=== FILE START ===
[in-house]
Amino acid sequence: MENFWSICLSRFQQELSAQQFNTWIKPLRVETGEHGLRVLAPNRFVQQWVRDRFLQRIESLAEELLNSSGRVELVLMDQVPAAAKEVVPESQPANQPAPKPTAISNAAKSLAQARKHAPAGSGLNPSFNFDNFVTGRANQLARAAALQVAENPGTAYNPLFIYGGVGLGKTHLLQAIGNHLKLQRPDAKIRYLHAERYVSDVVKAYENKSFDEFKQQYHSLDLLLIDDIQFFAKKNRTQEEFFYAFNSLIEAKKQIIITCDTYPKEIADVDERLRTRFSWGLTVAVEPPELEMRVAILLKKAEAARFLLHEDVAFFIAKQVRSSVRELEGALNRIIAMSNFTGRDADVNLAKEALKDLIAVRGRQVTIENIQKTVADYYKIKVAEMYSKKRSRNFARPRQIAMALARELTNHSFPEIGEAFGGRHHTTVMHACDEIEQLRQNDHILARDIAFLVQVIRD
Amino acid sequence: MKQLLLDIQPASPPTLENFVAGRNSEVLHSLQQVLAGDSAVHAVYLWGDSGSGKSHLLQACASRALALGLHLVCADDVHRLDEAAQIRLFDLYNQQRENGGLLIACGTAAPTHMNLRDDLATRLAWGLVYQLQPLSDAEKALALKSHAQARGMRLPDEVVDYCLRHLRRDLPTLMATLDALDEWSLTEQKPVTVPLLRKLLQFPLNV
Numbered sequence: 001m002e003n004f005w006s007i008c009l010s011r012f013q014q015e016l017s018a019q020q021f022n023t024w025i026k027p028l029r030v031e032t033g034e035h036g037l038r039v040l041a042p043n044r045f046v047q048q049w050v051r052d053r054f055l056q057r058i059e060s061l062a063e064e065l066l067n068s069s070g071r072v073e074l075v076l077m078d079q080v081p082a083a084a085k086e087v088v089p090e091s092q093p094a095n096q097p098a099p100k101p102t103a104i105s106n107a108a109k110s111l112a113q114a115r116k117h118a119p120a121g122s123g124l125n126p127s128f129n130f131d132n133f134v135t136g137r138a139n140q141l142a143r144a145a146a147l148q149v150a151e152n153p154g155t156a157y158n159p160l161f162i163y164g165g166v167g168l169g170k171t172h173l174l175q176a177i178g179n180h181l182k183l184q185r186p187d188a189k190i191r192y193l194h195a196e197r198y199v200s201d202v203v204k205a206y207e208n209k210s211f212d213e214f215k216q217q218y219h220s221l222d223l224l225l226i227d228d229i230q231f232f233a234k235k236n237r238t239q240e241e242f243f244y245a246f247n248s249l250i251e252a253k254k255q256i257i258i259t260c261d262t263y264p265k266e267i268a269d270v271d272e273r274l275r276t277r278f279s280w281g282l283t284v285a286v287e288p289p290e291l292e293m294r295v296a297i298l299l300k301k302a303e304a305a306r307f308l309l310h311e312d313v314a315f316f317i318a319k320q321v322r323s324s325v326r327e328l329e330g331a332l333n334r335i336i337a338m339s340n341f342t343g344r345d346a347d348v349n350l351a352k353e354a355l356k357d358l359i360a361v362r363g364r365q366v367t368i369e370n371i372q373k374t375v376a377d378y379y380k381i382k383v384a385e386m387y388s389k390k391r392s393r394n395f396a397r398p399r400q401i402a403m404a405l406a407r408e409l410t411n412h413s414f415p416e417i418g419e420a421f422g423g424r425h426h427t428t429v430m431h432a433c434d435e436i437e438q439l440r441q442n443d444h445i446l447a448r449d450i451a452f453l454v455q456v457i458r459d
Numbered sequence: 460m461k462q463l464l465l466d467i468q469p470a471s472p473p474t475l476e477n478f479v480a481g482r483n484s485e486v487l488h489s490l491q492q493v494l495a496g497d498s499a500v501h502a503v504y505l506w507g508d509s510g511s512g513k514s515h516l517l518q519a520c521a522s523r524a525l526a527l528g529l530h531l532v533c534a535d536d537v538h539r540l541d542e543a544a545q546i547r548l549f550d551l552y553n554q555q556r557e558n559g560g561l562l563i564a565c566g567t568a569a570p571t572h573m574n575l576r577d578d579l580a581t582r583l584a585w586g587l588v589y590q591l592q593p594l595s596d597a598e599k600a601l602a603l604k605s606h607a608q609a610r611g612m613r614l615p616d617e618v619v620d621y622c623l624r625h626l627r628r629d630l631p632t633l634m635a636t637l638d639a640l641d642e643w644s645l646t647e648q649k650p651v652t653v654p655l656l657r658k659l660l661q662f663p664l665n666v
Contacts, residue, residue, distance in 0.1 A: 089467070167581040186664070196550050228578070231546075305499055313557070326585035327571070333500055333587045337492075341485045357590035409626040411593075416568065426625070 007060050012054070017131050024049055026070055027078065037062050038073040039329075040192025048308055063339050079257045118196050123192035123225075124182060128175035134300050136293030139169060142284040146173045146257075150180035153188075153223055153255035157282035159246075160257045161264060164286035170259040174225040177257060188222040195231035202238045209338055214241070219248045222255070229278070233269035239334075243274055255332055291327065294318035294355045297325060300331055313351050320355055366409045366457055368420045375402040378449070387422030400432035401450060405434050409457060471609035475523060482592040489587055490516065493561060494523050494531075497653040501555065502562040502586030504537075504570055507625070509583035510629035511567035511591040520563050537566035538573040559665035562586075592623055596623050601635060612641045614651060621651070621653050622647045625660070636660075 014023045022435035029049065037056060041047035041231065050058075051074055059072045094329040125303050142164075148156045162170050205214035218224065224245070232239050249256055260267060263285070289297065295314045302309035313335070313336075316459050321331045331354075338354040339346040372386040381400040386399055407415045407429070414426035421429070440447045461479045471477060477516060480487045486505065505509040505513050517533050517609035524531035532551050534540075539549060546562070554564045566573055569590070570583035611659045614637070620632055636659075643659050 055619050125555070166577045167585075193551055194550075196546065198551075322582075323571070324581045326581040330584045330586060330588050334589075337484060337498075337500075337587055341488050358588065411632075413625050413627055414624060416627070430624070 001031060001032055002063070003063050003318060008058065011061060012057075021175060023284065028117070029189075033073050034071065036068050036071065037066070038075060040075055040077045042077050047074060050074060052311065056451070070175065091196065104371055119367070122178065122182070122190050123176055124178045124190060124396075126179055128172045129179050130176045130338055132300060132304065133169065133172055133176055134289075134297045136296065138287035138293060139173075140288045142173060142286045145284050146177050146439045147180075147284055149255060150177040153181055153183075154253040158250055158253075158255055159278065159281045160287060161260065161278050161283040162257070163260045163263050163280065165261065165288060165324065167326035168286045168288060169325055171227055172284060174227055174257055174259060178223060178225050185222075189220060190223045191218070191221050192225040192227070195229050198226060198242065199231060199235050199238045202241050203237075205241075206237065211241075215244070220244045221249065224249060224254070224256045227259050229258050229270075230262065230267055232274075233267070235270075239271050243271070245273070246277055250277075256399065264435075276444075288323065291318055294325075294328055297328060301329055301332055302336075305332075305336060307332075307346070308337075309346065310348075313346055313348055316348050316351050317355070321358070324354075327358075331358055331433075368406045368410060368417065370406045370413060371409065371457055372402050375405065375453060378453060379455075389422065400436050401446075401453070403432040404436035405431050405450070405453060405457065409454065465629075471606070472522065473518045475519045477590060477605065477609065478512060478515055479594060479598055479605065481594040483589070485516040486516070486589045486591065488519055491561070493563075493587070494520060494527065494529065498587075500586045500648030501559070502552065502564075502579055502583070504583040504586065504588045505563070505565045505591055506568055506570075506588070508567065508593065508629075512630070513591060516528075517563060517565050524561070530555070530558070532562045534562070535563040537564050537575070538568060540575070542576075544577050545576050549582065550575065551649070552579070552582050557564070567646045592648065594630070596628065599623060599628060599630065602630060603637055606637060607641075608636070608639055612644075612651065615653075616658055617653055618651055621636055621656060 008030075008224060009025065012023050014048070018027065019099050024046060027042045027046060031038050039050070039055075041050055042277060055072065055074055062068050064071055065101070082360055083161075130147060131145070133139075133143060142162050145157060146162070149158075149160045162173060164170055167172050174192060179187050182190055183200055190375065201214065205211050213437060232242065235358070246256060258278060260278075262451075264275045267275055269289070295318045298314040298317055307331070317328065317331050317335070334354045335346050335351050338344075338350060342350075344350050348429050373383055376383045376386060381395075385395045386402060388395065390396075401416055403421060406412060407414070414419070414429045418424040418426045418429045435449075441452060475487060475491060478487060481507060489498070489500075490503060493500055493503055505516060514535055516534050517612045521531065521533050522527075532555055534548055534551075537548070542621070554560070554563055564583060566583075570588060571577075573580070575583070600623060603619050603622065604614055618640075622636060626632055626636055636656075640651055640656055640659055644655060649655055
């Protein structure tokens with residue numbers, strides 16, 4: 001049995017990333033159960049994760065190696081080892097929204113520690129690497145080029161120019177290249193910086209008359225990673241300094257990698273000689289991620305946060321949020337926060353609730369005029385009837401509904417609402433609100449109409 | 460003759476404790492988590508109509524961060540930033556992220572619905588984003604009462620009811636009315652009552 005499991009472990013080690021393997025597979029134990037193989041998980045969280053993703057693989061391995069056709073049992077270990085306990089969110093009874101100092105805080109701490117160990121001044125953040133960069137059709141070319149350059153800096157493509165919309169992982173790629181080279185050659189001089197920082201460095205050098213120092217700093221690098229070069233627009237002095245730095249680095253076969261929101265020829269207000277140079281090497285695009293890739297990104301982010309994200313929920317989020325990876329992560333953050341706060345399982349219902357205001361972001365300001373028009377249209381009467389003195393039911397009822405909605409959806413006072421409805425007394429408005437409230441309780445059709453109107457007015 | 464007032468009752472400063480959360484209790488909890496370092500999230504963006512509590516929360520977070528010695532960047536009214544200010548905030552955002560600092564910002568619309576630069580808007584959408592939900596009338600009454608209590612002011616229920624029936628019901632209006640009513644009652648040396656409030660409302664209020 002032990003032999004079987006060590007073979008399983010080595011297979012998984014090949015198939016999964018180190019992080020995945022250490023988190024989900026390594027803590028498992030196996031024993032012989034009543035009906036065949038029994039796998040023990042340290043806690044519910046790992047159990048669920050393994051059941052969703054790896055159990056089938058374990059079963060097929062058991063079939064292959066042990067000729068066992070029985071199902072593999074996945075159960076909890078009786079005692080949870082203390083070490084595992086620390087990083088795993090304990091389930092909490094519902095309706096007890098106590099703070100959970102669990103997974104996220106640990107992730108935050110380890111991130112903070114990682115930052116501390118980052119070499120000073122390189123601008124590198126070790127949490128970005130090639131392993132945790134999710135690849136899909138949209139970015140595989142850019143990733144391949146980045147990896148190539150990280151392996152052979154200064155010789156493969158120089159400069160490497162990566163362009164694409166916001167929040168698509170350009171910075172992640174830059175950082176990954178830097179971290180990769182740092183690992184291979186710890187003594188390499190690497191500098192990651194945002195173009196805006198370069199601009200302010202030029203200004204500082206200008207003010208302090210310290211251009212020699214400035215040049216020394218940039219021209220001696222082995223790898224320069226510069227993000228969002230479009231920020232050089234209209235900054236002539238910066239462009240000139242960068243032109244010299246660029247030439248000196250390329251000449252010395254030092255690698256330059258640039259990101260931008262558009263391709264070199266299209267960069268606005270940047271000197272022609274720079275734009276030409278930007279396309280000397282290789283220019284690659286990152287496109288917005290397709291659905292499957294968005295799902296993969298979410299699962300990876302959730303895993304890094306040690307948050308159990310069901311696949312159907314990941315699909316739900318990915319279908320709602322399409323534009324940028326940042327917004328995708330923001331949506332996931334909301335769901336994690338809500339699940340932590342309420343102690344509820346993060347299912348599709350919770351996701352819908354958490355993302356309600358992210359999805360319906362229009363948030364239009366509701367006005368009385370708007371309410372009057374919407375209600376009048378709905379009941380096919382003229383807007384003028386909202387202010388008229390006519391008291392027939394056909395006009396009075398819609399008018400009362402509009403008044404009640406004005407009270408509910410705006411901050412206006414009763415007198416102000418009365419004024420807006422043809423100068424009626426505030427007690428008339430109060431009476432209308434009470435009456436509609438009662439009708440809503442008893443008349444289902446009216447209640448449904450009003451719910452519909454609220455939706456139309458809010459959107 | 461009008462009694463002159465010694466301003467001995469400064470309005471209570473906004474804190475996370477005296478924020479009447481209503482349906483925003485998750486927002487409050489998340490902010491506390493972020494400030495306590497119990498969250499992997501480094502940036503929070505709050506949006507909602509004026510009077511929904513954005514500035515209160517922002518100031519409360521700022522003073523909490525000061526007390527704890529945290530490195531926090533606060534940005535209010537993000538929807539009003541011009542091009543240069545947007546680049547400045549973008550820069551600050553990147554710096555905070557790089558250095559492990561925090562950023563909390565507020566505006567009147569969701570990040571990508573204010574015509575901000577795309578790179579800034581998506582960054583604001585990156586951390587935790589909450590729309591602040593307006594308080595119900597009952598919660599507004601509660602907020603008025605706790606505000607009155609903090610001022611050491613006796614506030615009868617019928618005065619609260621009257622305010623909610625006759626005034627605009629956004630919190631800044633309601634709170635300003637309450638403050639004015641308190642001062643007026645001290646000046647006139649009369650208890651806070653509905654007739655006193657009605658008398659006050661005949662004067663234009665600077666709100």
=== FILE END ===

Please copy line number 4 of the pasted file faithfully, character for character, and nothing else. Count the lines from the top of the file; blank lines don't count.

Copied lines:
Numbered sequence: 001m002e003n004f005w006s007i008c009l010s011r012f013q014q015e016l017s018a019q020q021f022n023t024w025i026k027p028l029r030v031e032t033g034e035h036g037l038r039v040l041a042p043n044r045f046v047q048q049w050v051r052d053r054f055l056q057r058i059e060s061l062a063e064e065l066l067n068s069s070g071r072v073e074l075v076l077m078d079q080v081p082a083a084a085k086e087v088v089p090e091s092q093p094a095n096q097p098a099p100k101p102t103a104i105s106n107a108a109k110s111l112a113q114a115r116k117h118a119p120a121g122s123g124l125n126p127s128f129n130f131d132n133f134v135t136g137r138a139n140q141l142a143r144a145a146a147l148q149v150a151e152n153p154g155t156a157y158n159p160l161f162i163y164g165g166v167g168l169g170k171t172h173l174l175q176a177i178g179n180h181l182k183l184q185r186p187d188a189k190i191r192y193l194h195a196e197r198y199v200s201d202v203v204k205a206y207e208n209k210s211f212d213e214f215k216q217q218y219h220s221l222d223l224l225l226i227d228d229i230q231f232f233a234k235k236n237r238t239q240e241e242f243f244y245a246f247n248s249l250i251e252a253k254k255q256i257i258i259t260c261d262t263y264p265k266e267i268a269d270v271d272e273r274l275r276t277r278f279s280w281g282l283t284v285a286v287e288p289p290e291l292e293m294r295v296a297i298l299l300k301k302a303e304a305a306r307f308l309l310h311e312d313v314a315f316f317i318a319k320q321v322r323s324s325v326r327e328l329e330g331a332l333n334r335i336i337a338m339s340n341f342t343g344r345d346a347d348v349n350l351a352k353e354a355l356k357d358l359i360a361v362r363g364r365q366v367t368i369e370n371i372q373k374t375v376a377d378y379y380k381i382k383v384a385e386m387y388s389k390k391r392s393r394n395f396a397r398p399r400q401i402a403m404a405l406a407r408e409l410t411n412h413s414f415p416e417i418g419e420a421f422g423g424r425h426h427t428t429v430m431h432a433c434d435e436i437e438q439l440r441q442n443d444h445i446l447a448r449d450i451a452f453l454v455q456v457i458r459d